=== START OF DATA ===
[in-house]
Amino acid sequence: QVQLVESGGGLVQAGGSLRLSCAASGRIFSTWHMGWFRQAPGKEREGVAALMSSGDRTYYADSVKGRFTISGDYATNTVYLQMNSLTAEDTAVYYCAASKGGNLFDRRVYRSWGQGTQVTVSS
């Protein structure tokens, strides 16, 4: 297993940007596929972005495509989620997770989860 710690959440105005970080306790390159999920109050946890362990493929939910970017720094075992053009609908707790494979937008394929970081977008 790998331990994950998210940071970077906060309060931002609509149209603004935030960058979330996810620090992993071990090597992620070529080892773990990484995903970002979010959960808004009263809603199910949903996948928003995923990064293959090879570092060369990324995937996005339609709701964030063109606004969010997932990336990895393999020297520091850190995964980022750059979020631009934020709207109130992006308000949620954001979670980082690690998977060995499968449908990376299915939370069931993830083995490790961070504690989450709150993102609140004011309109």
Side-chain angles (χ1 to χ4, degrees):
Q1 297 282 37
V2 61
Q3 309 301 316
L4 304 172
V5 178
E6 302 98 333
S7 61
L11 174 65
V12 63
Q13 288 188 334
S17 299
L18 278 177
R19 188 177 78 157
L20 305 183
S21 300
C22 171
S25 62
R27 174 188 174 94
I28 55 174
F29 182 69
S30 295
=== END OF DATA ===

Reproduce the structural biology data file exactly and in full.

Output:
[in-house]
Amino acid sequence: QVQLVESGGGLVQAGGSLRLSCAASGRIFSTWHMGWFRQAPGKEREGVAALMSSGDRTYYADSVKGRFTISGDYATNTVYLQMNSLTAEDTAVYYCAASKGGNLFDRRVYRSWGQGTQVTVSS
């Protein structure tokens, strides 16, 4: 297993940007596929972005495509989620997770989860 710690959440105005970080306790390159999920109050946890362990493929939910970017720094075992053009609908707790494979937008394929970081977008 790998331990994950998210940071970077906060309060931002609509149209603004935030960058979330996810620090992993071990090597992620070529080892773990990484995903970002979010959960808004009263809603199910949903996948928003995923990064293959090879570092060369990324995937996005339609709701964030063109606004969010997932990336990895393999020297520091850190995964980022750059979020631009934020709207109130992006308000949620954001979670980082690690998977060995499968449908990376299915939370069931993830083995490790961070504690989450709150993102609140004011309109």
Side-chain angles (χ1 to χ4, degrees):
Q1 297 282 37
V2 61
Q3 309 301 316
L4 304 172
V5 178
E6 302 98 333
S7 61
L11 174 65
V12 63
Q13 288 188 334
S17 299
L18 278 177
R19 188 177 78 157
L20 305 183
S21 300
C22 171
S25 62
R27 174 188 174 94
I28 55 174
F29 182 69
S30 295